- Keep an emotional eating diary: One of the best ways to identify the patterns behind your emotional eating is to keep track with a food and mood diary. Every time you overeat or feel compelled to reach for your version of comfort food, take a moment to figure out what triggered the urge. Write it all down in your food and mood diary: what you ate (or wanted to eat), what happened to upset you, how you felt before you ate, what you felt as you were eating, and how you felt afterward.
- Observe the emerging pattern: Were you with a particular person or in a social gathering (Owanbe)?
- Identify healthier ways to feed your feelings: In order to stop emotional eating, you have to find other ways to fulfill yourself emotionally.
Alternatives to emotional eating
- If you’re depressed or lonely, call someone who always makes you feel better.
- If you’re anxious, expend your nervous energy by dancing to your favorite song or taking a brisk walk.
- If you’re exhausted, treat yourself with a hot cup of tea or fruits.
- If you’re bored, read a good book, watch a comedy show, explore the outdoors, or turn to an activity you enjoy.
- When craving strikes, try and delay eating for five minutes, when five minutes lapse, give yourself another five minutes
- While you are waiting, check in with yourself: How are you feeling, what’s going on with you emotionally,even if you eventually end up eating, you will have a better understanding of why you did it. This can help you prepare for a different response next time.
- Learn to accept your feelings—even the bad ones: When we don’t obsess over or suppress our emotions, even the most painful and difficult feelings subside relatively quickly and lose their power to control our attention.
- Indulge without overeating by savoring your food: Slowing down and savoring your food is an important aspect of mindful eating, the opposite of mindless, emotional eating. Try taking a few deep breaths before starting your food, putting your utensils down between bites, and really focusing on the experience of eating. Pay attention to the textures, shapes, colors and smells of your food. How does each mouthful taste? How does it make your body feel?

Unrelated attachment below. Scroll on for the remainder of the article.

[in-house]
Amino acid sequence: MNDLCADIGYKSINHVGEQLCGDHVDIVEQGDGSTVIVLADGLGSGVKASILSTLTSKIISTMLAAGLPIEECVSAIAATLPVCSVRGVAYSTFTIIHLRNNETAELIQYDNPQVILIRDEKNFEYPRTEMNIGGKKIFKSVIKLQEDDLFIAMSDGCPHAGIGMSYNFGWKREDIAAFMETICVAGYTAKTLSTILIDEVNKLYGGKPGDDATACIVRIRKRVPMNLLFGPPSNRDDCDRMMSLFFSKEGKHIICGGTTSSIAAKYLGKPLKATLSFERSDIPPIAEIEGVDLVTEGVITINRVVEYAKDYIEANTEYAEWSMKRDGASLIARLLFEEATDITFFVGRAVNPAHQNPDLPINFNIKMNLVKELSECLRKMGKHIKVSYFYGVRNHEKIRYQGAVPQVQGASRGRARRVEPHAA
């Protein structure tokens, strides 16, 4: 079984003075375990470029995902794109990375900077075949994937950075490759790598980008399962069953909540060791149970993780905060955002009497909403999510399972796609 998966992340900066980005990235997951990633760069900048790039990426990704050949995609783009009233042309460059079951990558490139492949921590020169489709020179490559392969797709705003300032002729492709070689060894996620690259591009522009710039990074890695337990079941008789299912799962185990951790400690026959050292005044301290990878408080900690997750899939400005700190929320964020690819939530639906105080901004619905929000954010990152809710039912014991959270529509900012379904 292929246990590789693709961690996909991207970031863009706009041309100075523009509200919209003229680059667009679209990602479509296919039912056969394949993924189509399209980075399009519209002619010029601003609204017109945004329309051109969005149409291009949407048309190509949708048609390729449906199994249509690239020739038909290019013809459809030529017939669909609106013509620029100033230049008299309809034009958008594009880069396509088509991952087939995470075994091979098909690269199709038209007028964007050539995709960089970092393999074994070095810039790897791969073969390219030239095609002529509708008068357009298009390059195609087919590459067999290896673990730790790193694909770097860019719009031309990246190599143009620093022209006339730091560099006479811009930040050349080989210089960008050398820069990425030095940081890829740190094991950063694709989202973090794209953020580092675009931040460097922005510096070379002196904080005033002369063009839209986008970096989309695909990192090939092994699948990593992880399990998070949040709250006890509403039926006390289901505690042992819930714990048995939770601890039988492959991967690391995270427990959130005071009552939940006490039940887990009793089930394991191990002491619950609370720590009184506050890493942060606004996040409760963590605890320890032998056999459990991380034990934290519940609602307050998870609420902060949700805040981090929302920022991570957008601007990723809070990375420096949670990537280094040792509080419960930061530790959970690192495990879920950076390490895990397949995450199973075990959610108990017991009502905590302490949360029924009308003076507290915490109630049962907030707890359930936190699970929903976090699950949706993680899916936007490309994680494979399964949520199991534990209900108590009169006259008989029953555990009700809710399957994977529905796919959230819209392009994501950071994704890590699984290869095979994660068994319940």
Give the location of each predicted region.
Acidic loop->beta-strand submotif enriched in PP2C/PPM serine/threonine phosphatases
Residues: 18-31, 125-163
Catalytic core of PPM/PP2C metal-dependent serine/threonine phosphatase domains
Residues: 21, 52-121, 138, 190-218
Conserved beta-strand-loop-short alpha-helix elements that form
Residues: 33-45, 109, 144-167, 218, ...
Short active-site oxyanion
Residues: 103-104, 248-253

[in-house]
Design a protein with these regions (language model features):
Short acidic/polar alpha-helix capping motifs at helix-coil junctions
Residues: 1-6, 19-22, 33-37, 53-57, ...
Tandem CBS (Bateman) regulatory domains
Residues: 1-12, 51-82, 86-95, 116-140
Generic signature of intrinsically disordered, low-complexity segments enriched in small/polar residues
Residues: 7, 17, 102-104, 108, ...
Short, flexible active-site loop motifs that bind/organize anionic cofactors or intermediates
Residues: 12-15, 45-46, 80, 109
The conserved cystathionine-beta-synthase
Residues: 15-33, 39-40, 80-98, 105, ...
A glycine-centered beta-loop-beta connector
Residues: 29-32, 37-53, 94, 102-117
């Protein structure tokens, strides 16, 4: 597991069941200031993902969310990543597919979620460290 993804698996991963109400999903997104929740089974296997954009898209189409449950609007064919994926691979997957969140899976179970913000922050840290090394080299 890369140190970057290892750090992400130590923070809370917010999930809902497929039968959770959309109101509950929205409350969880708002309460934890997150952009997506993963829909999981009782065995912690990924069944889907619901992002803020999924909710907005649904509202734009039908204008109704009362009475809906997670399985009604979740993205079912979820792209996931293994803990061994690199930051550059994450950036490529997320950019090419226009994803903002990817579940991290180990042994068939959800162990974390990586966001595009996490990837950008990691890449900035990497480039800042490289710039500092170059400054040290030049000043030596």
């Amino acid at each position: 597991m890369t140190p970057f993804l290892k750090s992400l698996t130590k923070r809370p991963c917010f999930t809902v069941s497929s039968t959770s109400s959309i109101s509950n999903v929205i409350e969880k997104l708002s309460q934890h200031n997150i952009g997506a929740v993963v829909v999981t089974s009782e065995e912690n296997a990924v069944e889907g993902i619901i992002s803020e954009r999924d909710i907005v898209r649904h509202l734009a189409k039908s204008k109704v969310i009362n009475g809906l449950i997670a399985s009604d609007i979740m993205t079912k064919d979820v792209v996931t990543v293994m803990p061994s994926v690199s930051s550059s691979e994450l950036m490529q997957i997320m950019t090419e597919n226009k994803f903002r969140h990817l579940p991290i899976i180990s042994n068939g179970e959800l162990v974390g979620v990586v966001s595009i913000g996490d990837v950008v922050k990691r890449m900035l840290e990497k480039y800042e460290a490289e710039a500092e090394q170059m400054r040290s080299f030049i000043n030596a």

- By slowing down in this way, you’ll find you appreciate each bite of food much more. You can even indulge in your favorite foods and feel full on much less. It takes time for the body’s fullness signal to reach your brain, so taking a few moments to consider how you feel after each bite—hungry or satiated—can help you avoid overeating.
- Practice mindful eating: Eating while you’re also doing other things—such as watching TV, driving, or playing with your phone—can prevent you from fully enjoying your food. Since your mind is elsewhere, you may not feel satisfied or continue eating even though you’re no longer hungry. Eating more mindfully can help focus your mind on your food and the pleasure of a meal and curb over-eating.
- Support yourself with healthy lifestyle habits: When you’re physically strong, relaxed, and well rested, you’re better able to handle the challenges that life inevitably throws your way. But when you’re already exhausted and overwhelmed, any little hiccup has the potential to send you off the rails and straight toward a pack of chocolate. Exercise, adequate sleep and other healthy lifestyle habits will help you get through difficult times without emotional eating.
- Mehrabian A. Basic dimensions for a general psychological theory: Implications for personality, social, environmental, and developmental studies. Cambridge, MA: Oelgeschlager, Gunn & Hain; 1980 Jan.
- Macht M. Characteristics of eating in anger, fear, sadness and joy. Appetite. 1999 Aug 1;33(1):129-39.
Dr Bola Fatusin is an associate of Lifestyle Champions International. She is a Family Physician at Federal Medical Centre, Gusau, Zamfara state. She is the current education and training sub-group lead of African Family Medicine young doctors movement (Afriwon). She is committed to encouraging lifelong learning among young Family Physicians in Sub-Saharan Africa and coordinates education and training of Family Medicine residents in her workplace.
Bola has a special interest in lifestyle medicine and is a member of the Society of Lifestyle Medicine in Nigeria. She is an advocate of evidence-based lifestyle and natural approaches to managing chronic illnesses. She is an uprising researcher focusing on Family Medicine education and Lifestyle Medicine related issues.
Her works on the role of exercise in depression management and suggesting a framework for Family Medicine training in Sub Saharan African were published in reputable journals. She is a lover of hymns and contemporary gospel music. A strong believer in the power of meditation to maintain physical and mental health. Bola regularly practices mindfulness and spiritual meditation.